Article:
@ My Writing Desk

Developing a Commitment to Writing

Bad habits are hard to break, and good habits are hard to develop. Although some psychologists say that it takes at least 30 days to develop a habit, but for some people it can take upwards to a year.

Bad habits are hard to break, and good habits are hard to develop. Although some psychologists say that it takes at least 30 days to develop a habit, but for some people it can take upwards to a year.

 

Image courtesy of Stuart Miles at FreeDigitalPhotos.net
Image courtesy of Stuart Miles at FreeDigitalPhotos.net

For me, and possibly for many of you, developing a new habit disintegrates into a memory of what you had hoped to do.

So, just what are my goals for “My 500 Words?” What do I want to accomplish?

I want to begin a daily habit – to show myself that there is time to be writing each day. I call myself a writer, but I haven’t really been writing for the last year and a half. Teaching English/language arts had become an exhausting endeavor; the twists and turns of my personal life had taken what little time and energy I had left. When I was teaching creative writing, it was easy to get at least 10 minutes of time to write. I expected my students to write to a given prompt for the first ten minutes of class, and I wrote to the same prompt. This left me a large file of ideas.

Image courtesy of jomphong at FreeDigitalPhotos.net
Image courtesy of jomphong at FreeDigitalPhotos.net

My actual writing goals span in many directions. As a result of National Novel Writing Month, I have basic rough drafts of six novels, and yes, they need massive revision. I need to maintain the four or five blogs (This one is included in that count.) that I have set up. I want to write and submit short stories and poetry to contests and publications.

What I want to accomplish is to sit my backside in the chair and write, whether it is hand written to a prompt that is delivered to my email or work on one of the fiction or nonfiction projects in my unfinished works library.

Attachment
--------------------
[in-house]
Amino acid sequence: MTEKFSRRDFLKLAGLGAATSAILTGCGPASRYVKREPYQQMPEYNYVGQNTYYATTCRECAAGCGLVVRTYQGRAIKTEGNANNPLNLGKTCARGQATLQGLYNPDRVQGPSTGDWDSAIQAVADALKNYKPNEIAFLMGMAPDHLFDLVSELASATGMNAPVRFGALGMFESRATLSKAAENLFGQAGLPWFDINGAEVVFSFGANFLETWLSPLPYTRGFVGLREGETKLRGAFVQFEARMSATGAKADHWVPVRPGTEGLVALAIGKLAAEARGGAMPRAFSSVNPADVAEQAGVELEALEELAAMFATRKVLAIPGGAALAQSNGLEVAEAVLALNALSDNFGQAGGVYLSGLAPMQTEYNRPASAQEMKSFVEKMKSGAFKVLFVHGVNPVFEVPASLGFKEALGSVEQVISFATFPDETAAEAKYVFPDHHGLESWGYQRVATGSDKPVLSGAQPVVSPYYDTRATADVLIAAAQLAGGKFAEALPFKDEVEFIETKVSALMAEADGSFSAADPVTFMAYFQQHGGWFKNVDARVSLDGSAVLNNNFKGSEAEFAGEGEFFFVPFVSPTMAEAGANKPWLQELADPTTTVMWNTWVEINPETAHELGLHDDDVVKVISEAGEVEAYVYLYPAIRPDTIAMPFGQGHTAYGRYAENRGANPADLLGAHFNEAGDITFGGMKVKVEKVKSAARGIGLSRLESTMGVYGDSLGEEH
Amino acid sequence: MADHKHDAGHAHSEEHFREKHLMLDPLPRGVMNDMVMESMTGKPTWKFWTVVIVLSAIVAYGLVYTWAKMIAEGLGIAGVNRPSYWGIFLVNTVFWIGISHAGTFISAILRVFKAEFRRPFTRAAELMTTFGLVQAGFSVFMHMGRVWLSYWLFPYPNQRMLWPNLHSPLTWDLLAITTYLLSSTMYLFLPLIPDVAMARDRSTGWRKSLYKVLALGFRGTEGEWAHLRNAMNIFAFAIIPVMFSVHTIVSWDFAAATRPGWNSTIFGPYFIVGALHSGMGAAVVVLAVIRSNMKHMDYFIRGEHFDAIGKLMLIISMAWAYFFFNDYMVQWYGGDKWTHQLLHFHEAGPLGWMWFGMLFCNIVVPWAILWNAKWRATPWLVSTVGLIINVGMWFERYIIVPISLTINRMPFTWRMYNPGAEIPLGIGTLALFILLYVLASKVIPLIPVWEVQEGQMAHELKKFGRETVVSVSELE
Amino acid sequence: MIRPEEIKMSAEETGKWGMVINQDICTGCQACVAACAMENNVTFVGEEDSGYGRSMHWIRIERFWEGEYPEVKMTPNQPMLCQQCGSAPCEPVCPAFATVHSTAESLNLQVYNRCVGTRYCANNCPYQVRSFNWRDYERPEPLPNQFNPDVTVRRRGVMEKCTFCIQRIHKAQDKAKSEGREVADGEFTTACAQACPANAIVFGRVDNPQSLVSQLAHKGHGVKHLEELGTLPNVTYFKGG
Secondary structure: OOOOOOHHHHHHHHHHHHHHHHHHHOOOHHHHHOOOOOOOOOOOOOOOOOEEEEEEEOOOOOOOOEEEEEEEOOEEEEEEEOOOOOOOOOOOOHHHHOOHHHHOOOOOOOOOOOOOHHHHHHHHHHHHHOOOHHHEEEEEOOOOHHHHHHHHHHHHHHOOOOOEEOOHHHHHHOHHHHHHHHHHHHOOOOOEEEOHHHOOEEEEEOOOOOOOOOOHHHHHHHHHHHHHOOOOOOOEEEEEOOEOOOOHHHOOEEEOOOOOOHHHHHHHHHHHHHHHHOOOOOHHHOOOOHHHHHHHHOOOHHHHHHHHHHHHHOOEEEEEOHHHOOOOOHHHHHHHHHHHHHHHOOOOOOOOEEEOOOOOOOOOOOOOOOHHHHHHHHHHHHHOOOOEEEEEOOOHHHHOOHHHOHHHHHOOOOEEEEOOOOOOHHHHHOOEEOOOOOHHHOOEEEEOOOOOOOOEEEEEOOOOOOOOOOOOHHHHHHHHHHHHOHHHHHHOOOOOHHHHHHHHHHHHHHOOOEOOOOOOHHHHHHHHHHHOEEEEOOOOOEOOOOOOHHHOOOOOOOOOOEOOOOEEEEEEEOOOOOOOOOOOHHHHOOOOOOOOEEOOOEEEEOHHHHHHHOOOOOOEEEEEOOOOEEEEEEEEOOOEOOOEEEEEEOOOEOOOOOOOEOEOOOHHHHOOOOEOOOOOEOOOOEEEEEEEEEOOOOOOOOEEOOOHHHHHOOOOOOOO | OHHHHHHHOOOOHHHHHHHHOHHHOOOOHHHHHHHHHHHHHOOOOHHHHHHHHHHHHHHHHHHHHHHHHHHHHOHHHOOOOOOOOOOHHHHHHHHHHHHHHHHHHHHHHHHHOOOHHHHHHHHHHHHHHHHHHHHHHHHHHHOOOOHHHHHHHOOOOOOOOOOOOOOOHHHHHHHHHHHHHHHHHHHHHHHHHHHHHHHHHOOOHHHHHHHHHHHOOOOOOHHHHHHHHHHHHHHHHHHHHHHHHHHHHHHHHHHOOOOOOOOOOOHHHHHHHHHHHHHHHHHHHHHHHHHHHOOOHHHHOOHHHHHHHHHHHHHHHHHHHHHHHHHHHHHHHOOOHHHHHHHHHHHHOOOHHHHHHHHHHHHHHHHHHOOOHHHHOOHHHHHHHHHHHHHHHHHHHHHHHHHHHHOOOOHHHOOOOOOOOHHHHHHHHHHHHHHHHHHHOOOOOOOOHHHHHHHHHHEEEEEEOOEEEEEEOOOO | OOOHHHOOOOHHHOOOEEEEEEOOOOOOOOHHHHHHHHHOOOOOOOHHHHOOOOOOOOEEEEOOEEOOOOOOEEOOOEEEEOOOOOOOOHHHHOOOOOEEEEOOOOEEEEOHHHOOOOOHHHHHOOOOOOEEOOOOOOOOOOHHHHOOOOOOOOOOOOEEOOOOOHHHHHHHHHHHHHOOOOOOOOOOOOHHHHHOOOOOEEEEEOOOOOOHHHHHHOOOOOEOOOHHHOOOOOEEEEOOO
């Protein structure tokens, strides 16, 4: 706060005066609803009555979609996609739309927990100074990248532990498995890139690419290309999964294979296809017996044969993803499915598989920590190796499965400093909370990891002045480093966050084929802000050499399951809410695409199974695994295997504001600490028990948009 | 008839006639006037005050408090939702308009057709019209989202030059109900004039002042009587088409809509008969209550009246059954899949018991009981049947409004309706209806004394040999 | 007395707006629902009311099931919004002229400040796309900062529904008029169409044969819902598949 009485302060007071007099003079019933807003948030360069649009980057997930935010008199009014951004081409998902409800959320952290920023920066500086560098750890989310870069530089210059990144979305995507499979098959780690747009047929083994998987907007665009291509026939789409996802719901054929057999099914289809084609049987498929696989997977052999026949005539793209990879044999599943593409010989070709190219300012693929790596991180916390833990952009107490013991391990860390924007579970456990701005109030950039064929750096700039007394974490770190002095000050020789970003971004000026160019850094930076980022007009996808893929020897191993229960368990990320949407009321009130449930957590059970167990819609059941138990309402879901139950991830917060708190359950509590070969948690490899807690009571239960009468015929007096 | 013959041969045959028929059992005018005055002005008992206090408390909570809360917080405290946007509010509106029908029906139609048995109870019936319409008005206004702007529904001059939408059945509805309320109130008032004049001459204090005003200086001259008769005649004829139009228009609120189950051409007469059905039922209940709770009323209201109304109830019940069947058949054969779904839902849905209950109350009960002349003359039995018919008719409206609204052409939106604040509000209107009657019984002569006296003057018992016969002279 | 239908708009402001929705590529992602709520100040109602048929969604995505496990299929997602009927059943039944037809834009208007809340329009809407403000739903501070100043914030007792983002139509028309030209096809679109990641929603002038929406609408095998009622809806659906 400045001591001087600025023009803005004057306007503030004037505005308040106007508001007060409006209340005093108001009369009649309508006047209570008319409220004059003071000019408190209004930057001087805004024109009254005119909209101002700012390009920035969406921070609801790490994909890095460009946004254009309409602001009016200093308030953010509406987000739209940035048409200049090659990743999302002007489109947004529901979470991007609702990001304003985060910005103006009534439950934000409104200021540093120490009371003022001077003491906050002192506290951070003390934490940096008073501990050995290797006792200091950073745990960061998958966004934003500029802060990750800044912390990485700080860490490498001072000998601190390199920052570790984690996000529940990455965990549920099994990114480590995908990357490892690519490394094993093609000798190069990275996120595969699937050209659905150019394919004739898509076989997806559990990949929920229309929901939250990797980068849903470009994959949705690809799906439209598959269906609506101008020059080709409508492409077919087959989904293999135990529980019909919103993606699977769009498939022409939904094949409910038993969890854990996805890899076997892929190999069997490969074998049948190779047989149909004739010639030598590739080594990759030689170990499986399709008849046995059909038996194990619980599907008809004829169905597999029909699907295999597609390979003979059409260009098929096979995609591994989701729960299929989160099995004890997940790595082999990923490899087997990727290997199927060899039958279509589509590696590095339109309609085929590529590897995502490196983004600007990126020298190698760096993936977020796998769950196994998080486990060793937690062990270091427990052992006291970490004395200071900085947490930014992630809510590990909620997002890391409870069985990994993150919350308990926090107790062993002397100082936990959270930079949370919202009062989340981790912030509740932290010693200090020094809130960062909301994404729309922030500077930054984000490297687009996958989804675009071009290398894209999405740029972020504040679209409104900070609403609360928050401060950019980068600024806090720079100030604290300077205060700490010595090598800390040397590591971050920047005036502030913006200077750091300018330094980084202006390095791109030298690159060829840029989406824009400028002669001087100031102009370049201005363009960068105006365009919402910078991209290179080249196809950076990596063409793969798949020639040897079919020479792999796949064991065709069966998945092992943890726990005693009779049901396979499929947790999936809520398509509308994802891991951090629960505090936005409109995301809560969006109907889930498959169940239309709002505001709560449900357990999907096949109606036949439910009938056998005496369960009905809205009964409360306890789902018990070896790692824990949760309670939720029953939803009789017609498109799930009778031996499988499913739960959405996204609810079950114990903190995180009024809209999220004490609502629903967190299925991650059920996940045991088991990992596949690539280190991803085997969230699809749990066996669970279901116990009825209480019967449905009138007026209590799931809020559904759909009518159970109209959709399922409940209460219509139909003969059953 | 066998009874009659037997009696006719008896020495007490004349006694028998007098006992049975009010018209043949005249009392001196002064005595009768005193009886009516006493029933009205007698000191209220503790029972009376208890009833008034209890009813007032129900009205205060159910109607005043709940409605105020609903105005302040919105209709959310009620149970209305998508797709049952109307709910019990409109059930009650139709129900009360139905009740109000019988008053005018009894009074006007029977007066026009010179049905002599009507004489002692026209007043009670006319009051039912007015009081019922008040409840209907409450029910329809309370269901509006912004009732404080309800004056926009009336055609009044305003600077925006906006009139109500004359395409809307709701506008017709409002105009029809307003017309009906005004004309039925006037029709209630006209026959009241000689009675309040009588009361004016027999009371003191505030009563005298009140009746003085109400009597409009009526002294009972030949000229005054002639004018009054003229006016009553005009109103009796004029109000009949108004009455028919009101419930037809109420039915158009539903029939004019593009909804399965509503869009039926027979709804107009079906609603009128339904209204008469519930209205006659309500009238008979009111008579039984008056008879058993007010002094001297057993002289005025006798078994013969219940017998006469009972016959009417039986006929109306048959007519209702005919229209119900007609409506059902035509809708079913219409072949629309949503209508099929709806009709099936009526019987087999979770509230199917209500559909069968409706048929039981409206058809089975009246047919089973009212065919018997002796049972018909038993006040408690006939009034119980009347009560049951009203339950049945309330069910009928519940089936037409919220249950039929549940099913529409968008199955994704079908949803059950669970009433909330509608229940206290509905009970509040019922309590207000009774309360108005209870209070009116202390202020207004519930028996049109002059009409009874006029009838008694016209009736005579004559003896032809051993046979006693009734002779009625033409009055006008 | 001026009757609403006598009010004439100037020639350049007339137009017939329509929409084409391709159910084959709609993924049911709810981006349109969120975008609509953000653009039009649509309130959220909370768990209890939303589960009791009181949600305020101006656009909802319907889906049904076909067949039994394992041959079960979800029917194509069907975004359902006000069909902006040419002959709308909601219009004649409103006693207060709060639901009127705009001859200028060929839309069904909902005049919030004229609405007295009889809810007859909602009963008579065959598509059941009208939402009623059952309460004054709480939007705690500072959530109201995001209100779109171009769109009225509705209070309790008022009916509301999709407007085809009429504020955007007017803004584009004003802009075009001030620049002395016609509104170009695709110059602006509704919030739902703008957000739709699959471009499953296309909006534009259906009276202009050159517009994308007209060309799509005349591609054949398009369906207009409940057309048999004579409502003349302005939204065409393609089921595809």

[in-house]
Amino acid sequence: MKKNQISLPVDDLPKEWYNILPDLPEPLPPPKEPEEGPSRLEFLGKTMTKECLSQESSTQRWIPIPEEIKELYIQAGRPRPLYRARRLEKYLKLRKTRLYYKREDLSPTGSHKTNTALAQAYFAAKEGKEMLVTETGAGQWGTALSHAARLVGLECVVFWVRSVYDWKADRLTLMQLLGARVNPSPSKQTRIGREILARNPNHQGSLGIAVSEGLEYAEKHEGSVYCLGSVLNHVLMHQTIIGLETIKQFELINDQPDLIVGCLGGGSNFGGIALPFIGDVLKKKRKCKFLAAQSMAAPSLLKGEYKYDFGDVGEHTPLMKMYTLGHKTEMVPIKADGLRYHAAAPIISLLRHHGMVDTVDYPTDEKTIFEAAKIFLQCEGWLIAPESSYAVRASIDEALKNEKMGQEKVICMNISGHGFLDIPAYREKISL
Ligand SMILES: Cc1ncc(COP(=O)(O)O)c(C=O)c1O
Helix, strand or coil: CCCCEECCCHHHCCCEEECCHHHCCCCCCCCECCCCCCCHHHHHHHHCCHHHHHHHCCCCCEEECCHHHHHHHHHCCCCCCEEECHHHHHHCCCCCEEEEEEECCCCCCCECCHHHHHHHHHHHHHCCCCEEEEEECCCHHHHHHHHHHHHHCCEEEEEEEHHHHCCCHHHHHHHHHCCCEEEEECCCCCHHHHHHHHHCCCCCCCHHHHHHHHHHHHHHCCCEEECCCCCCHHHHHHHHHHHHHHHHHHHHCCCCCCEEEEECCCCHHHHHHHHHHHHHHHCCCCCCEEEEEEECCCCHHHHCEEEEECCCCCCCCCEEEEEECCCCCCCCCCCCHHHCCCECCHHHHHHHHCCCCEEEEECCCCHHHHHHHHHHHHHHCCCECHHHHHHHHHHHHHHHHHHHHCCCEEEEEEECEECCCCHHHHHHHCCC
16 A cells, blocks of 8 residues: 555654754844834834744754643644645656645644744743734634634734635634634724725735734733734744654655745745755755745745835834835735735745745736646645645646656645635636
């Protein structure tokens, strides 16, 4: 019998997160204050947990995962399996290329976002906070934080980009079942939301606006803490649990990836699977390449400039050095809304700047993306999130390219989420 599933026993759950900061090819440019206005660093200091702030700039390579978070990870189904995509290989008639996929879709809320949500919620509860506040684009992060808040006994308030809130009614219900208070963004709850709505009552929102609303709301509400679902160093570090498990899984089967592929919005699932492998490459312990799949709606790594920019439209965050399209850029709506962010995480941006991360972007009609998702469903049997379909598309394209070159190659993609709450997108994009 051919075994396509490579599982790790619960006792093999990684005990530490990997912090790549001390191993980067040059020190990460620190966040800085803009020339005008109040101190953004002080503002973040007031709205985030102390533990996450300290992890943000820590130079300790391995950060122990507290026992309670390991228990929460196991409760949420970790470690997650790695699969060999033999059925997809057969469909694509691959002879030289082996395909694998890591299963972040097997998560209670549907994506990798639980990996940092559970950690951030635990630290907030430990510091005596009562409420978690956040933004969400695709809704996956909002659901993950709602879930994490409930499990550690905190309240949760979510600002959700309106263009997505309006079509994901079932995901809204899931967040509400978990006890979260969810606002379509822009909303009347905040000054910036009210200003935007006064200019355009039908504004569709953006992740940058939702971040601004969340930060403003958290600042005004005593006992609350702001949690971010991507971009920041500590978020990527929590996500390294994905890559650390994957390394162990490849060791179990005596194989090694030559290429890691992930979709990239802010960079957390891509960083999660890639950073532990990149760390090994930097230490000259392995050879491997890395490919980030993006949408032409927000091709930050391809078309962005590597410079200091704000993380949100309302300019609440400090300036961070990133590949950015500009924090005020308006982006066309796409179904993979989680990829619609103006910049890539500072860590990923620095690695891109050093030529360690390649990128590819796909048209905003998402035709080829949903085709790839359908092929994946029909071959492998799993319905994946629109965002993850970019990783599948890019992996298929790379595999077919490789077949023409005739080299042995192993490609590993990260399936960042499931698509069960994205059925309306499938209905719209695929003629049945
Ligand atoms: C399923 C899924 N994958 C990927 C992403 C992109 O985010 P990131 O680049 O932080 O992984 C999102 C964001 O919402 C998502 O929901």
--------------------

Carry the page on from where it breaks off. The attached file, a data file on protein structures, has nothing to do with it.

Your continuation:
Image courtesy of leegillion at FreeDigitalPhotos.net
Image courtesy of leegillion at FreeDigitalPhotos.net

I want to write or revise a short story that wins a contest; I want to revise and polish a novel that gets picked up by a publisher; I want to create a play that a director, somewhere, wants to perform.

Five hundred words is not a huge task, but 500 leads to 1,000 and 1,000 can lead to 5,000 and a polished, publishable work.

So here I sit,  committing to writing at least 500 words a day.

I need to learn not to let life interfere with my writing, but to let life exist around my writing and my writing exist within my life.

I need to learn to silence my internal editor and let my ideas tumble out onto the page. To let my characters tell their story in their way during the first draft. To let them tell their whole story because I never know when something they say may be relevant to something revealed during the first draft.

 


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